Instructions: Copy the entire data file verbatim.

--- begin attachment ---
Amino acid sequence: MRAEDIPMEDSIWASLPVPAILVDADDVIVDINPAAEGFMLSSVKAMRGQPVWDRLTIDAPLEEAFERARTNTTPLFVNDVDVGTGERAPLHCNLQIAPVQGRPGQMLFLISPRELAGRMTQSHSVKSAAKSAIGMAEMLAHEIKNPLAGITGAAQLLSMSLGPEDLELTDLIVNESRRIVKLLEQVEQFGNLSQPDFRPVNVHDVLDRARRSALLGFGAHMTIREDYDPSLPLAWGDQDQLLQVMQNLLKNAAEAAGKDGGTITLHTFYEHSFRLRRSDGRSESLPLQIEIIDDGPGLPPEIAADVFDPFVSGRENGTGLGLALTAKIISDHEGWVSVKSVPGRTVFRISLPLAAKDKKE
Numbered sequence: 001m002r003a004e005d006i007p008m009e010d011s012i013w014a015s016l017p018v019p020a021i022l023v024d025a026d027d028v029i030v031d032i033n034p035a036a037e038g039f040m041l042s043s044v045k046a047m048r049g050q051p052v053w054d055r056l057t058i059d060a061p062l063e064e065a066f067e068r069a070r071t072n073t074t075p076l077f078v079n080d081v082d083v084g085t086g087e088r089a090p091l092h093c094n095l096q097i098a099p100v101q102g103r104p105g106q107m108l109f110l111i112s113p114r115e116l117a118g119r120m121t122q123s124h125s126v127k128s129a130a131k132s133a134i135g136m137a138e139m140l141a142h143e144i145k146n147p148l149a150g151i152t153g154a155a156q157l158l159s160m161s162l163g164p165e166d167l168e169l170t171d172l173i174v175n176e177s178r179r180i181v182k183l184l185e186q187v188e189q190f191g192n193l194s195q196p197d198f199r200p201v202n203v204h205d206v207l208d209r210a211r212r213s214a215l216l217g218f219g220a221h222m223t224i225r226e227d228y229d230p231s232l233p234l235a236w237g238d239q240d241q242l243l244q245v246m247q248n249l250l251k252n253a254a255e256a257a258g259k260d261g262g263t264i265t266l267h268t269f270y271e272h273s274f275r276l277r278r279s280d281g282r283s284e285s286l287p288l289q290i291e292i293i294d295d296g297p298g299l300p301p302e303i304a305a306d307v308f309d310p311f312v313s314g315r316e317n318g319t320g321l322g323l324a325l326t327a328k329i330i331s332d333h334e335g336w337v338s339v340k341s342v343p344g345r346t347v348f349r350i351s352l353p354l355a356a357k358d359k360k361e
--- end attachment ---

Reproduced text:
Amino acid sequence: MRAEDIPMEDSIWASLPVPAILVDADDVIVDINPAAEGFMLSSVKAMRGQPVWDRLTIDAPLEEAFERARTNTTPLFVNDVDVGTGERAPLHCNLQIAPVQGRPGQMLFLISPRELAGRMTQSHSVKSAAKSAIGMAEMLAHEIKNPLAGITGAAQLLSMSLGPEDLELTDLIVNESRRIVKLLEQVEQFGNLSQPDFRPVNVHDVLDRARRSALLGFGAHMTIREDYDPSLPLAWGDQDQLLQVMQNLLKNAAEAAGKDGGTITLHTFYEHSFRLRRSDGRSESLPLQIEIIDDGPGLPPEIAADVFDPFVSGRENGTGLGLALTAKIISDHEGWVSVKSVPGRTVFRISLPLAAKDKKE
Numbered sequence: 001m002r003a004e005d006i007p008m009e010d011s012i013w014a015s016l017p018v019p020a021i022l023v024d025a026d027d028v029i030v031d032i033n034p035a036a037e038g039f040m041l042s043s044v045k046a047m048r049g050q051p052v053w054d055r056l057t058i059d060a061p062l063e064e065a066f067e068r069a070r071t072n073t074t075p076l077f078v079n080d081v082d083v084g085t086g087e088r089a090p091l092h093c094n095l096q097i098a099p100v101q102g103r104p105g106q107m108l109f110l111i112s113p114r115e116l117a118g119r120m121t122q123s124h125s126v127k128s129a130a131k132s133a134i135g136m137a138e139m140l141a142h143e144i145k146n147p148l149a150g151i152t153g154a155a156q157l158l159s160m161s162l163g164p165e166d167l168e169l170t171d172l173i174v175n176e177s178r179r180i181v182k183l184l185e186q187v188e189q190f191g192n193l194s195q196p197d198f199r200p201v202n203v204h205d206v207l208d209r210a211r212r213s214a215l216l217g218f219g220a221h222m223t224i225r226e227d228y229d230p231s232l233p234l235a236w237g238d239q240d241q242l243l244q245v246m247q248n249l250l251k252n253a254a255e256a257a258g259k260d261g262g263t264i265t266l267h268t269f270y271e272h273s274f275r276l277r278r279s280d281g282r283s284e285s286l287p288l289q290i291e292i293i294d295d296g297p298g299l300p301p302e303i304a305a306d307v308f309d310p311f312v313s314g315r316e317n318g319t320g321l322g323l324a325l326t327a328k329i330i331s332d333h334e335g336w337v338s339v340k341s342v343p344g345r346t347v348f349r350i351s352l353p354l355a356a357k358d359k360k361e